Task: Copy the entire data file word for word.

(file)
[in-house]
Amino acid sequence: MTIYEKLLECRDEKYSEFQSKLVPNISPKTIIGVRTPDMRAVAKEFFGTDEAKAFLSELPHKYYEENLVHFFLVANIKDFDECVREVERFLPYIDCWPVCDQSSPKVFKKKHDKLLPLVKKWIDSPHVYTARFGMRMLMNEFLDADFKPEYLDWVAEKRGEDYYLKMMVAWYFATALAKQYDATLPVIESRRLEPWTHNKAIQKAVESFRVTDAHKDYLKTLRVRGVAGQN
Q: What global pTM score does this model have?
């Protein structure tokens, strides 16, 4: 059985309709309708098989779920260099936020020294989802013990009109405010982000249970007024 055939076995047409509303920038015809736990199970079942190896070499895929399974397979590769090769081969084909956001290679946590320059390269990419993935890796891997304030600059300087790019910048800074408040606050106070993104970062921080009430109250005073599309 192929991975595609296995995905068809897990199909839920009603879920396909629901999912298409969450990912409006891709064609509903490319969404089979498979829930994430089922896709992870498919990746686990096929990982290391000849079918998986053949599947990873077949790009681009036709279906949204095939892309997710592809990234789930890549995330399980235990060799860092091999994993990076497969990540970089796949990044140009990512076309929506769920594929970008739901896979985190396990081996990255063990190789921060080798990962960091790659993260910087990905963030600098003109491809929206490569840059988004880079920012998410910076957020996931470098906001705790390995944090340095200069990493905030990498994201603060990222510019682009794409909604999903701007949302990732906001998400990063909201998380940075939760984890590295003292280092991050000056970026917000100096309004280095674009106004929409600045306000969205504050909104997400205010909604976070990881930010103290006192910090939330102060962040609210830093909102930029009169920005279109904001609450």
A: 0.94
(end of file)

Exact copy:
[in-house]
Amino acid sequence: MTIYEKLLECRDEKYSEFQSKLVPNISPKTIIGVRTPDMRAVAKEFFGTDEAKAFLSELPHKYYEENLVHFFLVANIKDFDECVREVERFLPYIDCWPVCDQSSPKVFKKKHDKLLPLVKKWIDSPHVYTARFGMRMLMNEFLDADFKPEYLDWVAEKRGEDYYLKMMVAWYFATALAKQYDATLPVIESRRLEPWTHNKAIQKAVESFRVTDAHKDYLKTLRVRGVAGQN
Q: What global pTM score does this model have?
């Protein structure tokens, strides 16, 4: 059985309709309708098989779920260099936020020294989802013990009109405010982000249970007024 055939076995047409509303920038015809736990199970079942190896070499895929399974397979590769090769081969084909956001290679946590320059390269990419993935890796891997304030600059300087790019910048800074408040606050106070993104970062921080009430109250005073599309 192929991975595609296995995905068809897990199909839920009603879920396909629901999912298409969450990912409006891709064609509903490319969404089979498979829930994430089922896709992870498919990746686990096929990982290391000849079918998986053949599947990873077949790009681009036709279906949204095939892309997710592809990234789930890549995330399980235990060799860092091999994993990076497969990540970089796949990044140009990512076309929506769920594929970008739901896979985190396990081996990255063990190789921060080798990962960091790659993260910087990905963030600098003109491809929206490569840059988004880079920012998410910076957020996931470098906001705790390995944090340095200069990493905030990498994201603060990222510019682009794409909604999903701007949302990732906001998400990063909201998380940075939760984890590295003292280092991050000056970026917000100096309004280095674009106004929409600045306000969205504050909104997400205010909604976070990881930010103290006192910090939330102060962040609210830093909102930029009169920005279109904001609450």
A: 0.94